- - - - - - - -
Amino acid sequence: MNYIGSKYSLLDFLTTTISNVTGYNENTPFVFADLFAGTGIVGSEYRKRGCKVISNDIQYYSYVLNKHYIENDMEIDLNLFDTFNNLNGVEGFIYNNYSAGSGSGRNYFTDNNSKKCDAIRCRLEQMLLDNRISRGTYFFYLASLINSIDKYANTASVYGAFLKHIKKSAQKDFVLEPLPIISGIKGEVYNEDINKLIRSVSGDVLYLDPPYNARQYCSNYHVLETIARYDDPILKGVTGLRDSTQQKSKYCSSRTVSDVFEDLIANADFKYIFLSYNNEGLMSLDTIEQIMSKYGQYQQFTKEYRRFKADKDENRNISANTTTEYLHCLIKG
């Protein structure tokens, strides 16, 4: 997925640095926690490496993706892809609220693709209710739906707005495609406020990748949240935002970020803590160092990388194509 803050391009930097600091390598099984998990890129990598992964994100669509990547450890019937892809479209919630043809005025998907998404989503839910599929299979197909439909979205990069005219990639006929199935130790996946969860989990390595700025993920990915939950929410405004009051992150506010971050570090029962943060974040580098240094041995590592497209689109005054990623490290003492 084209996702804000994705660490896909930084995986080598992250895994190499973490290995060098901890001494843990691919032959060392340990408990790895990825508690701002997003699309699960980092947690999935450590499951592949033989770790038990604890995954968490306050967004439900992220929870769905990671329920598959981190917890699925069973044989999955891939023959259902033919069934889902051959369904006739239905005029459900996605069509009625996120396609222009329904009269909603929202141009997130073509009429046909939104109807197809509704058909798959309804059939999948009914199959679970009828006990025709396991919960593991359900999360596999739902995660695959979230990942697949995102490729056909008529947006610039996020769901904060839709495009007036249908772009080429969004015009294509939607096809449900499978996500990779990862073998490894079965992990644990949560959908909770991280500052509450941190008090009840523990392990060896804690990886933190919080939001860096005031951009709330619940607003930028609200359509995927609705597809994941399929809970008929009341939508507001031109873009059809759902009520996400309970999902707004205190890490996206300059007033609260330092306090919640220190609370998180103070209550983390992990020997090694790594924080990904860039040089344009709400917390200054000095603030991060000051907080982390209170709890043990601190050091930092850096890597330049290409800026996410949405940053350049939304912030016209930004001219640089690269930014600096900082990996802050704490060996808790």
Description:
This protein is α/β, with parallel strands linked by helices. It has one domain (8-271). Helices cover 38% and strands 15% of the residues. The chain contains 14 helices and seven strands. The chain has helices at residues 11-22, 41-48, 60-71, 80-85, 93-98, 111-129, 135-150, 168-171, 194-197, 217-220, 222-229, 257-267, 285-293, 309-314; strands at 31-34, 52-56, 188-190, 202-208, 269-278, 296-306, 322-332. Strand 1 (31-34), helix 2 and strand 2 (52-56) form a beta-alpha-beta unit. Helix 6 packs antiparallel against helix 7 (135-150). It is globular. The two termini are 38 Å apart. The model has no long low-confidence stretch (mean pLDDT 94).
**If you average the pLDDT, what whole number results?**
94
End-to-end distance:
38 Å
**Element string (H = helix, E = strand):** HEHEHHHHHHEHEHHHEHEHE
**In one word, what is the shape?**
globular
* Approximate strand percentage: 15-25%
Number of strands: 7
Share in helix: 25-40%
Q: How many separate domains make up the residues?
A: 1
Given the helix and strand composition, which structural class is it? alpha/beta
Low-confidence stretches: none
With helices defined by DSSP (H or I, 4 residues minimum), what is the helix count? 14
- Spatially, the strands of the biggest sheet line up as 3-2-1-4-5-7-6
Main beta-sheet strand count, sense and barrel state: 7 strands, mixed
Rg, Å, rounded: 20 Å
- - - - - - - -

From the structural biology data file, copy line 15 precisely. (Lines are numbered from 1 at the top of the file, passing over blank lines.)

Q: How many separate domains make up the residues?